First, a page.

US still using spy ring to track Taliban militants

Despite a Pentagon ban, agents work in Pakistan and Afghanistan

Earlier this year, government officials admitted that the military had sent a group of former Central Intelligence Agency officers and retired Special Operations troops into the region to collect information — some of which was used to track and kill people suspected of being militants. Many portrayed it as a rogue operation that had been hastily shut down once an investigation began.

But interviews with more than a dozen current and former government officials and businessmen, and an examination of government documents, tell a different a story. Not only are the networks still operating, their detailed reports on subjects like the workings of the Taliban leadership in Pakistan and the movements of enemy fighters in southern Afghanistan are also submitted almost daily to top commanders and have become an important source of intelligence.

The American military is largely prohibited from operating inside Pakistan. And under Pentagon rules, the army is not allowed to hire contractors for spying.

Broad information
Military officials said that when Gen David H Petraeus, the top commander in the region, signed off on the operation in January 2009, there were prohibitions against intelligence gathering, including hiring agents to provide information about enemy positions in Pakistan. The contractors were supposed to provide only broad information about the political and tribal dynamics in the region, and information that could be used for “force protection,” they said.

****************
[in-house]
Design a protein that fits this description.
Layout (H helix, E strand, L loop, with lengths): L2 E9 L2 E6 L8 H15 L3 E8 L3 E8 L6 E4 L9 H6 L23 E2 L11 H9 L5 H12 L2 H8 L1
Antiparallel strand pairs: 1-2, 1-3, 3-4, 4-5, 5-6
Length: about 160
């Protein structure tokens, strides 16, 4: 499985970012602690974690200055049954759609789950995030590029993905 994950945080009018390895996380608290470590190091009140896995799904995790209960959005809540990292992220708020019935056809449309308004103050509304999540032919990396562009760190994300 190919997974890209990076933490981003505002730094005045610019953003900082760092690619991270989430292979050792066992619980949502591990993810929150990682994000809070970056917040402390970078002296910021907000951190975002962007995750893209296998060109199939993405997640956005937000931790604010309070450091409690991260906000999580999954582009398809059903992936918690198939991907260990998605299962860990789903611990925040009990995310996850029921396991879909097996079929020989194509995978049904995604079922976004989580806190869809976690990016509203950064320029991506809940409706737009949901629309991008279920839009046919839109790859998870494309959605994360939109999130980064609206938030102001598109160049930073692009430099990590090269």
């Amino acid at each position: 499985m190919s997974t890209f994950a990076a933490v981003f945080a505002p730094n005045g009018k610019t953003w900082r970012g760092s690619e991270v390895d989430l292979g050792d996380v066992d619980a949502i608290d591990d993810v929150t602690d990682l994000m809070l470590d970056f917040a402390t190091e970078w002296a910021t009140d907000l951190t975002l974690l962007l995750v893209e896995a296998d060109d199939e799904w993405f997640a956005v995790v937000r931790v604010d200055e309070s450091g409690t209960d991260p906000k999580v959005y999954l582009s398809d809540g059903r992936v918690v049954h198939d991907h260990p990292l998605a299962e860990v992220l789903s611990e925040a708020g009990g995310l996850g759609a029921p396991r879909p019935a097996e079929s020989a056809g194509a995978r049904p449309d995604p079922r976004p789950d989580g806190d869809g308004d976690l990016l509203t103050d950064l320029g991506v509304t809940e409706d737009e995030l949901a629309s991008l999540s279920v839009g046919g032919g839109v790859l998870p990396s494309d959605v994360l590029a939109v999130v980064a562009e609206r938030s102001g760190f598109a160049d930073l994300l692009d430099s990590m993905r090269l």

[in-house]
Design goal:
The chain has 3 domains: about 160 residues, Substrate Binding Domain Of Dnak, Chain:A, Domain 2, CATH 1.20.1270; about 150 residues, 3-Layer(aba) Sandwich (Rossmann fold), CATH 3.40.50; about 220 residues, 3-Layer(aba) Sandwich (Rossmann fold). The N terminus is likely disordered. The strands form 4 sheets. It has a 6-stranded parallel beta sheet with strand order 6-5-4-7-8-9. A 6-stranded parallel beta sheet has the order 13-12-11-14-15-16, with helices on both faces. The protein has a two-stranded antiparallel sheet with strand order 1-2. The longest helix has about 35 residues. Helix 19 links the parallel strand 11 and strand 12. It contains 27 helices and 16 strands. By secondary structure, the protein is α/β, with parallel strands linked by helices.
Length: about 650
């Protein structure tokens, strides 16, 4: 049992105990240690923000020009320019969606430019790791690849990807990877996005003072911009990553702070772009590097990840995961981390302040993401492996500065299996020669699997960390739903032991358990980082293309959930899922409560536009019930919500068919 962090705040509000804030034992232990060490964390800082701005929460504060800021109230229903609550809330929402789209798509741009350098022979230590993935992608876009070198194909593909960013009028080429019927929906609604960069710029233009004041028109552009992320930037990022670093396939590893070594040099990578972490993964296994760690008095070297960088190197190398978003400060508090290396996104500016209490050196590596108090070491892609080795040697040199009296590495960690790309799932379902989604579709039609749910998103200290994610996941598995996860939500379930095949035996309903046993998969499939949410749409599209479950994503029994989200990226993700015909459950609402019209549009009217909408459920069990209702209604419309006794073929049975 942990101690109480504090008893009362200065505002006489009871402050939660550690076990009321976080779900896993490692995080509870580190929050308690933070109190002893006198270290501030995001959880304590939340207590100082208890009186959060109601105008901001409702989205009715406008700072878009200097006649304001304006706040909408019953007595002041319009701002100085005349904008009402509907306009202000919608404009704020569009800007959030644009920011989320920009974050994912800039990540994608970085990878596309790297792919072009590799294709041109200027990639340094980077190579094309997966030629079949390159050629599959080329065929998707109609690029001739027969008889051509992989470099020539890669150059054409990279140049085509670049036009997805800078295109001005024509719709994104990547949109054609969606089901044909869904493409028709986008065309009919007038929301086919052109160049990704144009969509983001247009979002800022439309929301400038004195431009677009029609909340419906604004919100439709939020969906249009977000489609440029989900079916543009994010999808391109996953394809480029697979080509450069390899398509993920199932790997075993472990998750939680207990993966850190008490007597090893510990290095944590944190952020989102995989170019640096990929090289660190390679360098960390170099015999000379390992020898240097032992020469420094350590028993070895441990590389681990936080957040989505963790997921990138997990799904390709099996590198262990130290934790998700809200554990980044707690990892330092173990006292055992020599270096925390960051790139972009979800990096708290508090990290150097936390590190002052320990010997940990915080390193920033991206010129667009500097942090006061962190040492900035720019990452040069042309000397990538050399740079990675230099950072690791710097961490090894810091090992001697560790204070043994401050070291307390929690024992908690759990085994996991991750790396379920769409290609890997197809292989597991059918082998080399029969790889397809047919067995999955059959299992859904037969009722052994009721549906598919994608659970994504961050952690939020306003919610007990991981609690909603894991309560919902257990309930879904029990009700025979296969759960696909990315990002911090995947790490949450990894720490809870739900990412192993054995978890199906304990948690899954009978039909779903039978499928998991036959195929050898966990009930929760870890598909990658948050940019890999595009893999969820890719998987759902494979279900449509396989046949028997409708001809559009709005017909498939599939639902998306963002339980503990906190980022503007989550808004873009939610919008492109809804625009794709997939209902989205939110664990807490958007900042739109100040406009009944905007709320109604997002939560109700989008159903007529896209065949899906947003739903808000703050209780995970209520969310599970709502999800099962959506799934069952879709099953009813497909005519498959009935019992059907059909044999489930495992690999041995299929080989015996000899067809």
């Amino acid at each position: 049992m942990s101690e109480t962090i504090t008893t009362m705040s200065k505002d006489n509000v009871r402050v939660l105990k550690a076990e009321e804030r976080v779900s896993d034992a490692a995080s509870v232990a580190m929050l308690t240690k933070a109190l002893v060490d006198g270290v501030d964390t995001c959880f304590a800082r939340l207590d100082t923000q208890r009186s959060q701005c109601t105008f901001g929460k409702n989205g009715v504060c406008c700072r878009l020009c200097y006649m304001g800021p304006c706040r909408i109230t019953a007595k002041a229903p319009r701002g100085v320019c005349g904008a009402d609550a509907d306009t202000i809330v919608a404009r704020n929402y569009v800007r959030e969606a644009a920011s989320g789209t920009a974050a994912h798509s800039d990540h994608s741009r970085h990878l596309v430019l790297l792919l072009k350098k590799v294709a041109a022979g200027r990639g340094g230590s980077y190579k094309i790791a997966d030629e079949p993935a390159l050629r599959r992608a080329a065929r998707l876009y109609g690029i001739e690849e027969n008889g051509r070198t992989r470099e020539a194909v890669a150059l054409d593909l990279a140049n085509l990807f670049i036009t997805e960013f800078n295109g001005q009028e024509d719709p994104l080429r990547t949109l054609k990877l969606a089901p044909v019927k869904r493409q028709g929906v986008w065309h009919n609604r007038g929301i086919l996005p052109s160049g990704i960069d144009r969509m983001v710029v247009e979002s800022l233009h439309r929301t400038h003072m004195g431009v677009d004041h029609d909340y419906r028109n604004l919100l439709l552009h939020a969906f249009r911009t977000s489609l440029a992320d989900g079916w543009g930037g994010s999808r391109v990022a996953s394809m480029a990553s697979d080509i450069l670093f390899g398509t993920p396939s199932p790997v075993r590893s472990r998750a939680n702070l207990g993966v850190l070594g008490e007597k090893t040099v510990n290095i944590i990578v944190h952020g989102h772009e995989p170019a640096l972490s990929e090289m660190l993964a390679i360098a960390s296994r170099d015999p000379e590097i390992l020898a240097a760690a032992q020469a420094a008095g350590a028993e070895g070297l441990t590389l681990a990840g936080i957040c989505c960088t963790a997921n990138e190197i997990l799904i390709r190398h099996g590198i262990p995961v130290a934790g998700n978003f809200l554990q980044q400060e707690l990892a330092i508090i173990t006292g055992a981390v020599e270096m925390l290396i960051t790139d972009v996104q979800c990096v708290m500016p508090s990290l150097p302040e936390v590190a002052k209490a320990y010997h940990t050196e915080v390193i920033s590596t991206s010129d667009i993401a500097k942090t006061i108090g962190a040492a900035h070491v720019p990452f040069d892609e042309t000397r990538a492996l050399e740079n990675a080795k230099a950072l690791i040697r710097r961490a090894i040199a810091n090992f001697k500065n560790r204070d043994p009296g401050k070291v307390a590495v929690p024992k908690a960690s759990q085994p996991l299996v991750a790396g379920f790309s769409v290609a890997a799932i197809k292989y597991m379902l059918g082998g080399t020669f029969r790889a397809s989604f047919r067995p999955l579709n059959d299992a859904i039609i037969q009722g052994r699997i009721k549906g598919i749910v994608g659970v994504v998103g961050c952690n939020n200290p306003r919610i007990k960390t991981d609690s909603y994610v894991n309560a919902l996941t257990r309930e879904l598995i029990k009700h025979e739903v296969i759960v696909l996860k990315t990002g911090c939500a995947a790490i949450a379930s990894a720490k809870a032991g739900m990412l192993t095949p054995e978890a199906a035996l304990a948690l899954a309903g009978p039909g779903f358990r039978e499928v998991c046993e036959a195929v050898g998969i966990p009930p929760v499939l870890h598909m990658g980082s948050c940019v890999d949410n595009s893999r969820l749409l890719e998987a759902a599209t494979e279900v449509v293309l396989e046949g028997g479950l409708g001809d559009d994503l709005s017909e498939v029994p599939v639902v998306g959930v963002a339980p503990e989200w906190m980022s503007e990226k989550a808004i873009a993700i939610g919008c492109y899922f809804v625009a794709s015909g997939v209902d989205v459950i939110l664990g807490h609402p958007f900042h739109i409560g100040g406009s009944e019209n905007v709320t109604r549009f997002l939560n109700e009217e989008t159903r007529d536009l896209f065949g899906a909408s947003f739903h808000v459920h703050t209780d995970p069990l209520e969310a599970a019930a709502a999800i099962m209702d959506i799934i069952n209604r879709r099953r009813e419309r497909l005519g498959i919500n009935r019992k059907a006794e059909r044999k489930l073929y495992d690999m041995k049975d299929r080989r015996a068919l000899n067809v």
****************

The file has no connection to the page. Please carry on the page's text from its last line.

Some Pentagon officials said that over time, the operation appeared to morph into traditional spying activities. And they pointed out that the supervisor who set up the contractor network, Michael D Furlong, was now under investigation.
But a review of the programme found that Furlong’s operatives were still providing information using the same intelligence gathering methods as before. The contractors were still being paid under a $22 million contract managed by Lockheed Martin and supervised by the Pentagon office in charge of special operations policy.

Geoff Morrell, the Pentagon press secretary, said that the programme “remains under investigation by multiple offices within the Defence Department,” so it would be inappropriate to answer specific questions about who approved the operation or why it continues.

“I assure you we are committed to determining if any laws were broken or policies violated,” he said.
The New York Times

DH Newsletter Privacy Policy Get top news in your inbox daily
GET IT
Comments (+)